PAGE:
2.  Add the rest of the ingredients and simmer for another 30 minutes.
3.  Remove from the heat and cool.  Strain and use, or store in refrigerator.

Yield:  2 cups

I’d also like to share some of the food that we made during the ethnic foods classes…

There were two Mediterranean classes, encompassing western Mediterranean, the Levanth, and Northern Africa.

Cannellini Beans with Chard

Provencal Artichoke Ragout

Fennel, Orange and Mint Salad with Herb Roasted Olives

Baked Falafel with Tahini Sauce (my first time making falafel!)

Tunisian Beet Salad

Whole Wheat Pita Bread with Zataar

Fall Vegetable Tagine over Couscous

North African Carrots with Harissa

Levant-Style Stuffed Cabbage

Japanese class was seaweed-tastic.  Wakame salad.

Veggie Sushi

Kinpara Gobo (Burdock Root and Carrot)

Soba Noodles

Rice Balls with Umeboshi Plum

Indian class was super duper delicious, especially this South Indian Vegetable Curry.

Vegetable Biryani

Moong Dal

Latin America class was nice and spicy.  This is a Grilled Nopales Salad, made from fresh cactus.

Plantains

Mushroom Tamale with Mole Poblano

Lastly, Thai class…starting with Miang Kum, or Thai Lettuce Bites.

Tom Kah – Lemongrass and Coconut Milk Soup

Pad Thai!  I got my own little serving, without the egg and other non-vegan stuff.

Red Curry Squash with Jasmine Rice.  We made the curry paste from scratch and it was hard work, but the flavor was sooooo worth it.

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16 Comments »

  1. Carrie said

    It all looks amazing!

    I really want to try the lentil salad

  2. mihl said

    Wow, first I asked myself how one could fit all those different cuisines into one segment. I could spend years studying Indian or Ethiopian kitchen alone. And most of the European cusines are very different from each other. But everything you made looks really awesome. Especially the dhal and the birjani.

    • veganhomemade said

      Mihl, That’s true. It was a very pared down ethnic section. We learned more detail during lectures, but unfortunately could only cook so many dishes.

  3. Megan said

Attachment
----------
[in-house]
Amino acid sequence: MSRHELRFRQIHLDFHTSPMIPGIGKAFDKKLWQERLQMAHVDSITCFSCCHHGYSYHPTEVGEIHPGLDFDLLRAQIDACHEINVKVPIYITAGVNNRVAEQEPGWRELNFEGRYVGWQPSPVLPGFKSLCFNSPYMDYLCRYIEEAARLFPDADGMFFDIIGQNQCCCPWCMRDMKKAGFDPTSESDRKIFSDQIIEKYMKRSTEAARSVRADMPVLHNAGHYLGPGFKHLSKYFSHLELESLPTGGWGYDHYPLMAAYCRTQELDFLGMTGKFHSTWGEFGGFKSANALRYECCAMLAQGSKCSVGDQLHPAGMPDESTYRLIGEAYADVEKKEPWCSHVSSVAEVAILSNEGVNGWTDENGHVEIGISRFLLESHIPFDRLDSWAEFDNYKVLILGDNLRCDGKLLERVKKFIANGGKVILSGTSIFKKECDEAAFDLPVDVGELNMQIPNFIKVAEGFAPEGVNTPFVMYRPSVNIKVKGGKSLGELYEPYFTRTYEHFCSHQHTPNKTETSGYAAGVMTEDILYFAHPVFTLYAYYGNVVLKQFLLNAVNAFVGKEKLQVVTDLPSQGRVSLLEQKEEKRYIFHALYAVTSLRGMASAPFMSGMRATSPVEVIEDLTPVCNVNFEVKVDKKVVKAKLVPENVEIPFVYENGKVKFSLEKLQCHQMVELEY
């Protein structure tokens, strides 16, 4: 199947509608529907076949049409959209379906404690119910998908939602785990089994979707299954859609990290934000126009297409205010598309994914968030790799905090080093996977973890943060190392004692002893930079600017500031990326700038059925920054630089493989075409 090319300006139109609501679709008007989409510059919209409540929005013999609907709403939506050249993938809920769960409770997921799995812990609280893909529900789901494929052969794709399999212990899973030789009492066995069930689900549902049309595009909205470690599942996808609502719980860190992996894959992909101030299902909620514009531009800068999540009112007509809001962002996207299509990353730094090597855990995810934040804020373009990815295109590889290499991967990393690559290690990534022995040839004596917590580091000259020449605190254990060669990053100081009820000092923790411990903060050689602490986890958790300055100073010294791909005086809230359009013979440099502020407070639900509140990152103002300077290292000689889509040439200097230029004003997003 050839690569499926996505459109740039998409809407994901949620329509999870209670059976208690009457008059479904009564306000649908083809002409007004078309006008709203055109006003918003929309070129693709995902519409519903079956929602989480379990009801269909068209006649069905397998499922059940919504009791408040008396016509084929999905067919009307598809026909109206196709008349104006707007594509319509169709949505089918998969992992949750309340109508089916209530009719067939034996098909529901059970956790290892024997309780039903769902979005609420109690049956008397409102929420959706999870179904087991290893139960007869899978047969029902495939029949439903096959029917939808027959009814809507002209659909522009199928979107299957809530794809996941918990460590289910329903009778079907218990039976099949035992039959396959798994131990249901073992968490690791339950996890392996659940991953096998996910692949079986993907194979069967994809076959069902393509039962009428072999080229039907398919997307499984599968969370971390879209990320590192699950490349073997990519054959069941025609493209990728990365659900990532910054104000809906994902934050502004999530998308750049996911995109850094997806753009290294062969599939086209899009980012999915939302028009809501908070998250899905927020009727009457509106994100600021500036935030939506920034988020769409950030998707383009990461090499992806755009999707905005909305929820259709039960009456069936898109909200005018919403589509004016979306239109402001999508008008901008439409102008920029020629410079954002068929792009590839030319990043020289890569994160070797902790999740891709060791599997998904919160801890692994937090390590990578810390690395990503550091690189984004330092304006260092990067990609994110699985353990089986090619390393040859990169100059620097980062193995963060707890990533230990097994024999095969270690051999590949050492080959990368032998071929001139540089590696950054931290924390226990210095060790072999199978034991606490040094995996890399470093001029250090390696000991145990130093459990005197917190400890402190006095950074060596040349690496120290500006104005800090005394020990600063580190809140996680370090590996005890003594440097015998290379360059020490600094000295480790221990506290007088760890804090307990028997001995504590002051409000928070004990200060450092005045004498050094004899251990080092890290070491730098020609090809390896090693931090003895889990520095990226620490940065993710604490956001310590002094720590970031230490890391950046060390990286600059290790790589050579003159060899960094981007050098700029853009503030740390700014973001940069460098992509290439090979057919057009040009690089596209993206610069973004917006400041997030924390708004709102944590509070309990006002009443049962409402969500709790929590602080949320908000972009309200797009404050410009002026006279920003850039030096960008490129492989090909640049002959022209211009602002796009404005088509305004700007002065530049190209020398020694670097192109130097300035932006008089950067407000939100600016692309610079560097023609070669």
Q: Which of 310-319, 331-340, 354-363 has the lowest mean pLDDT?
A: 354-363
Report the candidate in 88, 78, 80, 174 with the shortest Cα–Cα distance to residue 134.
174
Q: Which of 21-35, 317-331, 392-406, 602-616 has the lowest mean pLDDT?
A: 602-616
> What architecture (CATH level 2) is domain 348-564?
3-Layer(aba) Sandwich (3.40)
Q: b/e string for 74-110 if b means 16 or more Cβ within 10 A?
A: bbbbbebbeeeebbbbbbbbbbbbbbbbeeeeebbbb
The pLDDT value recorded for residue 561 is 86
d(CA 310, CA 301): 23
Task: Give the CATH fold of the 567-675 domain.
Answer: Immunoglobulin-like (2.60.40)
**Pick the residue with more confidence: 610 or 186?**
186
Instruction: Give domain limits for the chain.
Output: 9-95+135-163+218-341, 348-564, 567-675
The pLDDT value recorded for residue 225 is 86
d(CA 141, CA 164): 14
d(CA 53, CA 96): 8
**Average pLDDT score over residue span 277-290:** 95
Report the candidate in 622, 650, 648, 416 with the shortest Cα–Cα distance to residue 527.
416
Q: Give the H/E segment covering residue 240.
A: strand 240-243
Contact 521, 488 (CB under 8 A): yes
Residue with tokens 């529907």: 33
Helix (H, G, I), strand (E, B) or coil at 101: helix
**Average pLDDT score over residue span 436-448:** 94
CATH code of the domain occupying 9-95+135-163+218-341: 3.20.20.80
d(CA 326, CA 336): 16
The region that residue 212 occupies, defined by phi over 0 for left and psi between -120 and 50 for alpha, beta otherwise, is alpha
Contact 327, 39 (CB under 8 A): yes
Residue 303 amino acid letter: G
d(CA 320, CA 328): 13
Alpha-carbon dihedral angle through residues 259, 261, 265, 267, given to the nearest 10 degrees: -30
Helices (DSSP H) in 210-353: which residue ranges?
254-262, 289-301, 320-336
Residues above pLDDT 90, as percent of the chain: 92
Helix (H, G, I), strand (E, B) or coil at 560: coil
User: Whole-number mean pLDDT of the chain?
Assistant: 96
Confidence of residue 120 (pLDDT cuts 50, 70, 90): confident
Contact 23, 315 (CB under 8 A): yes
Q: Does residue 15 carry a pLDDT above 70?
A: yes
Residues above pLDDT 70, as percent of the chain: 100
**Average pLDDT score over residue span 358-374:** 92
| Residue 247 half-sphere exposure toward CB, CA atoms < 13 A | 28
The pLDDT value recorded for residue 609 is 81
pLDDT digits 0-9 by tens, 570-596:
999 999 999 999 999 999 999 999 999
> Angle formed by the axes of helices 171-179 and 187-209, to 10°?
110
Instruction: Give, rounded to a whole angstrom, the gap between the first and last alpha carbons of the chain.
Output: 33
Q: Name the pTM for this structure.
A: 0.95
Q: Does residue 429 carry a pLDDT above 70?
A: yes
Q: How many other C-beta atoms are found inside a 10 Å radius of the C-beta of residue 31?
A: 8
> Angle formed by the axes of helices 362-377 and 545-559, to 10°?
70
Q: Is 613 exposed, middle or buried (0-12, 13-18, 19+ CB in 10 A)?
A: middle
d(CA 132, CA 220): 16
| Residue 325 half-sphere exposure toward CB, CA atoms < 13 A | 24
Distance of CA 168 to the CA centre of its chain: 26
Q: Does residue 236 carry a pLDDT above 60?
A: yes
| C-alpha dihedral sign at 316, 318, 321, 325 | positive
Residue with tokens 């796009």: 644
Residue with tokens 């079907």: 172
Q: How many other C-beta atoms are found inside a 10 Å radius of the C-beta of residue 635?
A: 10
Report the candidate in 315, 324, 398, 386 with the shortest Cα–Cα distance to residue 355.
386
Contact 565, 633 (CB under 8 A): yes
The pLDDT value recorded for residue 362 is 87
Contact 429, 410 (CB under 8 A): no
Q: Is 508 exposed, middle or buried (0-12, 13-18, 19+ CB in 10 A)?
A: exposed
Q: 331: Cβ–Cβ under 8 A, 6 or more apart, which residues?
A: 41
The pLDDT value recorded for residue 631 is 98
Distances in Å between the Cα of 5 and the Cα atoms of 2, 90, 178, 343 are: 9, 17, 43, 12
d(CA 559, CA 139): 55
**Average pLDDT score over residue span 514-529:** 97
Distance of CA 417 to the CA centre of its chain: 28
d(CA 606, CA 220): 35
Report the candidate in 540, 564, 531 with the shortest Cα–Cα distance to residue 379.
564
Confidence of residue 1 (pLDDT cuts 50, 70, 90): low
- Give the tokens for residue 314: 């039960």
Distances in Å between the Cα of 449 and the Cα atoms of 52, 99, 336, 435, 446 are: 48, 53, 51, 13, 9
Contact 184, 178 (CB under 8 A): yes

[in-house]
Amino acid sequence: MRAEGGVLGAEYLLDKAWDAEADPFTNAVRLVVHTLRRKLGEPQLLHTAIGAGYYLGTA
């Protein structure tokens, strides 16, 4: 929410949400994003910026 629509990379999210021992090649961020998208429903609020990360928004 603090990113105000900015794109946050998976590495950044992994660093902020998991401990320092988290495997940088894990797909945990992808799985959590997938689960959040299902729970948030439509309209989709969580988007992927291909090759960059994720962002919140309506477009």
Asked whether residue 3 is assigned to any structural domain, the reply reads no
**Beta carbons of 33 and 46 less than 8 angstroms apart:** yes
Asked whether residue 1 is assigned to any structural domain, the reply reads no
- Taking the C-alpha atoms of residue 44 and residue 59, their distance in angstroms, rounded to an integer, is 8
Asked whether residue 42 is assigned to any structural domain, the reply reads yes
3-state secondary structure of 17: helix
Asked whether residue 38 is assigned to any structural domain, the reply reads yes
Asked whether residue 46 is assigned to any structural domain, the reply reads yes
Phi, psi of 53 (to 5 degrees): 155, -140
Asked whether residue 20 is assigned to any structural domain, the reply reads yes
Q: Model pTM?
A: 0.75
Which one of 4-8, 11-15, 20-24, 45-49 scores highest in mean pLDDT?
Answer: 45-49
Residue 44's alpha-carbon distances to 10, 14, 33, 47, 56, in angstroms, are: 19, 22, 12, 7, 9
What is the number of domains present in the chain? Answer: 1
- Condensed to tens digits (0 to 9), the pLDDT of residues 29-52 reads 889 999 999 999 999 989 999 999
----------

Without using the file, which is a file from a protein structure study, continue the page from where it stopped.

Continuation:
DAMN GIRL. I am so impressed. And now, STARVING!

  4. You’ve been cooking up a storm! Visit me soon! ;)

  5. Wow! This post was totally food-tastic! You’re workin’ your butt off in school! I’m super impressed by your perfectly rolled cabbage rolls. Mine never look pretty. And the almond-coconut sauce dish sounds amazing! I love, love, love coconut.

    Two things:
    1) I noticed the rice balls with umeboshi plums. Did you use the whole plums or the paste or the vinegar? I’ve never tried any of those, but Alicia Silverstone swears by umeboshi plum in her book. She says they even cure hangovers when eaten in their whole form. Of course, they cost like a million dollars…well actually $15 for a package at WF. But that’s a lot.

    2) I saw in the new issue of Vegetarian Times that they’re hosting their chef school recipe challenge, in which anyone enrolled in a culinary school is eligible to enter a recipe and win some stuff (I forget what…). But it made me think of you. You should submit one of these!

  6. Amanda P said

    This post was overwhelming for me! I kept saying “okay I’m going to try that” and then scroll down and say it again. These all look delicious, thank you so much for sharing the recipes!

  7. Um, okay think you are ready to graduate- that was a whole lot of tasty food! What more is in store? So exciting!

  8. hot damnnnn you’ve been busy!

  9. chow vegan said

    Wow, so many great looking dishes! I especially liked the mango and rice noodle salad. :-)

  10. Jen said

    Everything looks gorgeous!! I want to eat everything. I’ve been interested in culinary school for some time now. How do you like Bauman College? Are they vegan-friendly?

    • veganhomemade said

      Hi Jen – I did like the program at Buaman a lot, it was vegan-friendly, and I’m glad I did it. It was really intense to do the program while I was working a full time job though. E-mail me it you want to know more – jamboxrock AT hotmail DOT com

  11. Sophie said

    WOAH DUDE. awesome. seriously. i’m soooo jealous you got to learn how to cook all that amazing food. i would kill to learn all that. makes me so excited to apply to culinary school!

  12. Melisser said

    Holy Crap! Everything looks awesome.

  13. [...] I listed a recipe for vegetarian fish sauce in this post, or there’s a recipe in How to Cook Everything Vegetarian that would probably work [...]

  14. said said

    good food and healty